German leaders cautious on topic of post-Mugabe Zimbabwe | Germany | News and in-depth reporting from Berlin and beyond | DW | 16.11.2017

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German leaders cautious on topic of post-Mugabe Zimbabwe

President Robert Mugabe hasn't always been popular with German politicians — but that doesn't mean they're overjoyed that he has been deposed. German leaders hope any changes in Zimbabwe will be democratic.

There has been a cautious reaction in Berlin to the military's seizing of power from President Robert Mugabe in Zimbabwe late Tuesday.  

Germany and its EU partners have also urged military leaders to hold back and "refrain from resorting to violence in the current situation in Zimbabwe," Foreign Ministry spokesman Rainer Breul said, calling on all parties to work together to reach a peaceful solution.

For many years, Zimbabwe and Germany had enjoyed stable relations. In 1982, for example, German Chancellor Helmut Schmidt praised Mugabe, then the prime minister of the nation he had helped liberate, as having made a key contribution to "Zimbabwe's peaceful and successful independence."

The friendship ended in 2000, when armed groups drove out white farmers and bullied opposition leaders with Mugabe's blessing. Meetings between German and Zimbabwean leaders were kept to working-level after that, and development aid was mostly shelved.

With Germany's support, in 2002 the European Union barred members of Mugabe's government from entering EU territory, froze their bank accounts within the bloc and imposed an arms embargo. Mugabe remained in power and expanded Zimbabwe's economic ties with China instead. When the nation's finances eventually collapsed and inflation skyrocketed, he blamed the sanctions. Following the military's takeover, some German politicians are discouraging the government from imposing any new penalties.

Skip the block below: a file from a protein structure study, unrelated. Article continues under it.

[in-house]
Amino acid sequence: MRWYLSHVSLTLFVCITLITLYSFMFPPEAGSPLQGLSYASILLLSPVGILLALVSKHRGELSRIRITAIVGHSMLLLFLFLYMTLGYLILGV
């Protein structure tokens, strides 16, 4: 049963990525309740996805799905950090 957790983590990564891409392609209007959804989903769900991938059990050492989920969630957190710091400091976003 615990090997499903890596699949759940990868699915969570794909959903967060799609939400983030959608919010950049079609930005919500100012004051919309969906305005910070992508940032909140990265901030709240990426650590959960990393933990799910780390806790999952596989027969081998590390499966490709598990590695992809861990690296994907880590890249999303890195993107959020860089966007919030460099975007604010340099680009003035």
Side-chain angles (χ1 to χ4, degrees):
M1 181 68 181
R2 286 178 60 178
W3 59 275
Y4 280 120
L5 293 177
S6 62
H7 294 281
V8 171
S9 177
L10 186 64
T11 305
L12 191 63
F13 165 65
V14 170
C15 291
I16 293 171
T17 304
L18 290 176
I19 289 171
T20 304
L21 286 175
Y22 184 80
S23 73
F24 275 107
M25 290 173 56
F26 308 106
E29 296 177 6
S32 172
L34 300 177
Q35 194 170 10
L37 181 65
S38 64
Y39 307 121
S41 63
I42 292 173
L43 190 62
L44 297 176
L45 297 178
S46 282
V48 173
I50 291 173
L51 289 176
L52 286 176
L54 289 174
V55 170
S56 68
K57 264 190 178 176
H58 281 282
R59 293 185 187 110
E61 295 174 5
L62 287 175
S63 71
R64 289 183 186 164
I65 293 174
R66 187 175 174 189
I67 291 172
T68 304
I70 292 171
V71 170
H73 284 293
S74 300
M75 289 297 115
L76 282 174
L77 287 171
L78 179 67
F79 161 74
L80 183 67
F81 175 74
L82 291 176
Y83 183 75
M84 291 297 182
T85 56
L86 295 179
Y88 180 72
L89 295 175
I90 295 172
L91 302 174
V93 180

"Europe and Germany should not impose new economic sanctions," Stefan Liebich, a lawmaker for the Left party, told DW. "It's the last thing Zimbabwe needs," he said. "In the past it hasn't brought the country a single step forward." Instead, Liebich suggested that Germany could assert its influence as a creditor, making future loans to Zimbabwe conditional on a peaceful change of power.

Liebich also said the African Union (AU) and the Southern African Development Community should become more involved in whatever happens next. For its part, the AU has so far held back. "We are convinced that Zimbabweans will respect the constitution and that the succession of President Mugabe will be democratic," AU Chairperson Alpha Conde told DW on Wednesday.

Robert Mugabe in Bonn 1982

German leaders such as President Karl Carstens (left) welcomed Mugabe in the 1980s

'No immediate change'

Much remains up in the air. Should former Vice President Emmerson Mnangagwa move to the fore, little would have been won from a German point of view. For decades, the defense and security minister bullied the opposition. In the 1980s, he was responsible for military operations against the Zimbabwean people. Mnangagwa supported Mugabe's authoritarian rule without criticism.

Martin Rabanus, who chairs the Bundestag's working group on southern Africa, noted that Zimbabwe's political system has existed for nearly four decades in its current form. "Should the vice president, who was fired by Mugabe, become president, there will be no immediate change because he was part of the system for years," Rabanus told the public broadcaster SWR.

Aware of the fact that EU nations have little contemporary leverage over Zimbabwe, Germany's government is not officially applying any political pressure while it observes the fallout from the military's takeover.

"British Foreign Minister Boris Johnson was right when he said there's a chance for democracy — but not if one undemocratic change follows the other and one tyrant replaces the other," the German government's Africa commissioner, Günter Nooke, told the public broadcaster Deutschlandfunk.

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